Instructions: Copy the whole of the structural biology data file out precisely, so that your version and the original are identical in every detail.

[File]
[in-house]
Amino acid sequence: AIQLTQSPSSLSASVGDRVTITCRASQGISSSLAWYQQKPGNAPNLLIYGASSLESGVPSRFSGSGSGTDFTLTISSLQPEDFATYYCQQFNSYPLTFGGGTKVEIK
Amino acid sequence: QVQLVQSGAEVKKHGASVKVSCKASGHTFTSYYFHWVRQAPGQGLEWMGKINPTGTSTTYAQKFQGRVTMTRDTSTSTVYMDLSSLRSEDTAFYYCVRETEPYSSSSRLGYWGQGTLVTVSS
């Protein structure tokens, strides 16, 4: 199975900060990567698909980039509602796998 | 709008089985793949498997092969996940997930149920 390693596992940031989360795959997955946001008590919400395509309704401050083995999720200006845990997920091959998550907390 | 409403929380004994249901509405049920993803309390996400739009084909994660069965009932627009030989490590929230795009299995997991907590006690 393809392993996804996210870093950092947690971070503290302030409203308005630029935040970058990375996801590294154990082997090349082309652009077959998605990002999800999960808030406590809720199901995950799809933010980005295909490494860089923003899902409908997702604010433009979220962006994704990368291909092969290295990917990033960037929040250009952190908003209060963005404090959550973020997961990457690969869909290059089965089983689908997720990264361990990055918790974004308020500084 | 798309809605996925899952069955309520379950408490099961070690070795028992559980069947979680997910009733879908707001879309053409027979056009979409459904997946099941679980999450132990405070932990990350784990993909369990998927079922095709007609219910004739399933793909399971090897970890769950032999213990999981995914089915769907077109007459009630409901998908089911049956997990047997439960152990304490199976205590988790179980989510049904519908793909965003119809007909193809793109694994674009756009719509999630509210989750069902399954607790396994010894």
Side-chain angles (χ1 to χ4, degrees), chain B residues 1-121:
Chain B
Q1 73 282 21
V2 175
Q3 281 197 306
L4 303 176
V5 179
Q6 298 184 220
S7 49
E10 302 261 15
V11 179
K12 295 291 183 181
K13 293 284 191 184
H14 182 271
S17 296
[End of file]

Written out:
[in-house]
Amino acid sequence: AIQLTQSPSSLSASVGDRVTITCRASQGISSSLAWYQQKPGNAPNLLIYGASSLESGVPSRFSGSGSGTDFTLTISSLQPEDFATYYCQQFNSYPLTFGGGTKVEIK
Amino acid sequence: QVQLVQSGAEVKKHGASVKVSCKASGHTFTSYYFHWVRQAPGQGLEWMGKINPTGTSTTYAQKFQGRVTMTRDTSTSTVYMDLSSLRSEDTAFYYCVRETEPYSSSSRLGYWGQGTLVTVSS
């Protein structure tokens, strides 16, 4: 199975900060990567698909980039509602796998 | 709008089985793949498997092969996940997930149920 390693596992940031989360795959997955946001008590919400395509309704401050083995999720200006845990997920091959998550907390 | 409403929380004994249901509405049920993803309390996400739009084909994660069965009932627009030989490590929230795009299995997991907590006690 393809392993996804996210870093950092947690971070503290302030409203308005630029935040970058990375996801590294154990082997090349082309652009077959998605990002999800999960808030406590809720199901995950799809933010980005295909490494860089923003899902409908997702604010433009979220962006994704990368291909092969290295990917990033960037929040250009952190908003209060963005404090959550973020997961990457690969869909290059089965089983689908997720990264361990990055918790974004308020500084 | 798309809605996925899952069955309520379950408490099961070690070795028992559980069947979680997910009733879908707001879309053409027979056009979409459904997946099941679980999450132990405070932990990350784990993909369990998927079922095709007609219910004739399933793909399971090897970890769950032999213990999981995914089915769907077109007459009630409901998908089911049956997990047997439960152990304490199976205590988790179980989510049904519908793909965003119809007909193809793109694994674009756009719509999630509210989750069902399954607790396994010894």
Side-chain angles (χ1 to χ4, degrees), chain B residues 1-121:
Chain B
Q1 73 282 21
V2 175
Q3 281 197 306
L4 303 176
V5 179
Q6 298 184 220
S7 49
E10 302 261 15
V11 179
K12 295 291 183 181
K13 293 284 191 184
H14 182 271
S17 296